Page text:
The 15 Best Built to Spill Songs

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8. “Made Up Dreams”
Perfect From Now On
Martsch’s voice is in rare form here, squawking and cawing without respite. It’s a true showcase of his range: in one bar his voice borders on absurd, and in the next it’s crooning a haunting melody.

7. “Aisle 13”
There Is No Enemy
On the heels of a muffled bass line and a drawn-out guitar squeal, “Aisle 13” collects itself and takes shape as a catchy, capable opening track to There Is No Enemy. Shimmering guitar accompany a poetic take on the mind’s mysterious inner workings. The song’s lyrical capstone: “one day I come home to find you/covered in ants because you’re so sweet.”

6. “Cortez The Killer”
Live
The guitar work in this Neil Young classic lends itself to Martsch’s style so well, fans born in the ’80s or afterward might mistake the cover as a Built to Spill original.

5. “Distopian Dream Girl”
There’s Nothing Wrong With Love
Angsty and opinionated, our narrator bemoans his step-father and lauds David Bowie’s late-’70s output. The song is a four-and-a-half-minute lark with a perfectly-arranged percussion section.

4. “Three Years Ago Today”
Ultimate Alternative Wavers
The second song on Built to Spill’s first album, “Three Years Ago Today” sets a precedent that endures today. Brash guitar lines and sloppy arrangements with hidden brilliance are introduced with gusto, and show no signs of retreat 21 years later.

3. “Car”
There’s Nothing Wrong With Love
For many, “Car” functions as Built to Spill’s apex, a paragon of inventive guitar parts and pensive lyrics. Martsch address his favorite subject, dreams—“I want to see movies of my dreams,” he bellows—before the interlude gives way to the second-best guitar solo on this list.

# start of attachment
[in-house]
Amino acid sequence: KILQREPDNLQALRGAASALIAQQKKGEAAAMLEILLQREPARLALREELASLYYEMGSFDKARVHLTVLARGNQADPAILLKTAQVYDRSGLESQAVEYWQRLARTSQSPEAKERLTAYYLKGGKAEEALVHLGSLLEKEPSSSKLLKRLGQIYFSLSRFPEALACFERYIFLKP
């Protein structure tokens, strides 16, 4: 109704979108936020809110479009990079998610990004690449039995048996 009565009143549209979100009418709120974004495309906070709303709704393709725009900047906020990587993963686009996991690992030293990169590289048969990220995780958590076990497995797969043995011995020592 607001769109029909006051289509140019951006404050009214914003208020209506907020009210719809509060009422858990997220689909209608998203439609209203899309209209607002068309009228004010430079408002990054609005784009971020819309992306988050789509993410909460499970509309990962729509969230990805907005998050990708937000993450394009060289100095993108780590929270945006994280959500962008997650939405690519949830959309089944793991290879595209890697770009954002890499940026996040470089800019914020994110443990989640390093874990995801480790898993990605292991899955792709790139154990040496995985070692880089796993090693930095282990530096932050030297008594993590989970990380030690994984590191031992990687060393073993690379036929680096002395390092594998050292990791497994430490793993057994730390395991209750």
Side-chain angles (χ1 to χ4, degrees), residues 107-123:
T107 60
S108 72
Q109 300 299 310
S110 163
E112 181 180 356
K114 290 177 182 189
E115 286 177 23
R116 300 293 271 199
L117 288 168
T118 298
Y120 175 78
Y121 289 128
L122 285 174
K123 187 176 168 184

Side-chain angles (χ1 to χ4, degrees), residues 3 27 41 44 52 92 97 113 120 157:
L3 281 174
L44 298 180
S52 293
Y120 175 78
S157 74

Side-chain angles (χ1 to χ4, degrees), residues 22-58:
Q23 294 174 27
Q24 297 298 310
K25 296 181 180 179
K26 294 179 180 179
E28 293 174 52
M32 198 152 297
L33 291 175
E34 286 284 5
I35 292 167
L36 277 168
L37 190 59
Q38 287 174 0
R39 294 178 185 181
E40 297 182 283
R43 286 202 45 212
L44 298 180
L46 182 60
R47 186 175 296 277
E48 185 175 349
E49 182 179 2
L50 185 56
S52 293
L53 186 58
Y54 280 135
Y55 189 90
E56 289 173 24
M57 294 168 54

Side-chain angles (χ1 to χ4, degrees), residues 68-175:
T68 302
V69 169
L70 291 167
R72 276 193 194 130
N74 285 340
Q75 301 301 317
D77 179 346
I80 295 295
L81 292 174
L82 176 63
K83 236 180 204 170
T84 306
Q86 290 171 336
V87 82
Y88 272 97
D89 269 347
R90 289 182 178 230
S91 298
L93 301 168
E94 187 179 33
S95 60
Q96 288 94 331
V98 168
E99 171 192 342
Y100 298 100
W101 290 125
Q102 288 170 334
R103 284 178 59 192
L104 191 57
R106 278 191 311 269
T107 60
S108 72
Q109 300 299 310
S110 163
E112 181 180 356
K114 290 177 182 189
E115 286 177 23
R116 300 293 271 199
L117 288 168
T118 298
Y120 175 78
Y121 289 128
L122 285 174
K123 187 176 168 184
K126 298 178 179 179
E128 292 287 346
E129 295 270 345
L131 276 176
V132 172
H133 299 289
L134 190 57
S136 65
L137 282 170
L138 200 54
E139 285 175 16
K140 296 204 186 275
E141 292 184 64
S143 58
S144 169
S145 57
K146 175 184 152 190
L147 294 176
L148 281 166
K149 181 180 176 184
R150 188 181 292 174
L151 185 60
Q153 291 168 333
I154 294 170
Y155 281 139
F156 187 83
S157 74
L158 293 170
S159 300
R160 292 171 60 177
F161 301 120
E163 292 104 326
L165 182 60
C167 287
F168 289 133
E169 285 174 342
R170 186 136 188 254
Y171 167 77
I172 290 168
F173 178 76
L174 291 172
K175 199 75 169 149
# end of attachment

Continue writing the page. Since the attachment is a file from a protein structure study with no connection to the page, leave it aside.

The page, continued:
2. “Center of the Universe”
Keep It Like A Secret
The opening riff begins slinky and ends, somehow, with a Western flair. The chorus-laden guitar work is the song’s highlight, followed closely by the backing vocal track.

1. “Strange”
Ancient Melodies of the Future
The best of Built of Spill’s oeuvre lays in the ’90s, when they hobnobbed with fellow indie luminaries like Pavement and Sonic Youth. So to name a song released in the new millennium as their best may seem sacrilege. Nonetheless: “Strange” is impeccable from start to finish, from the perfectly-engineered drums to the whimsical synth overlays. The song reaches its zenith at the 2:58 mark, when Martsch’s guitar first mirrors the vocal melody, and then lurches into a realm of bends, slides and kinks.

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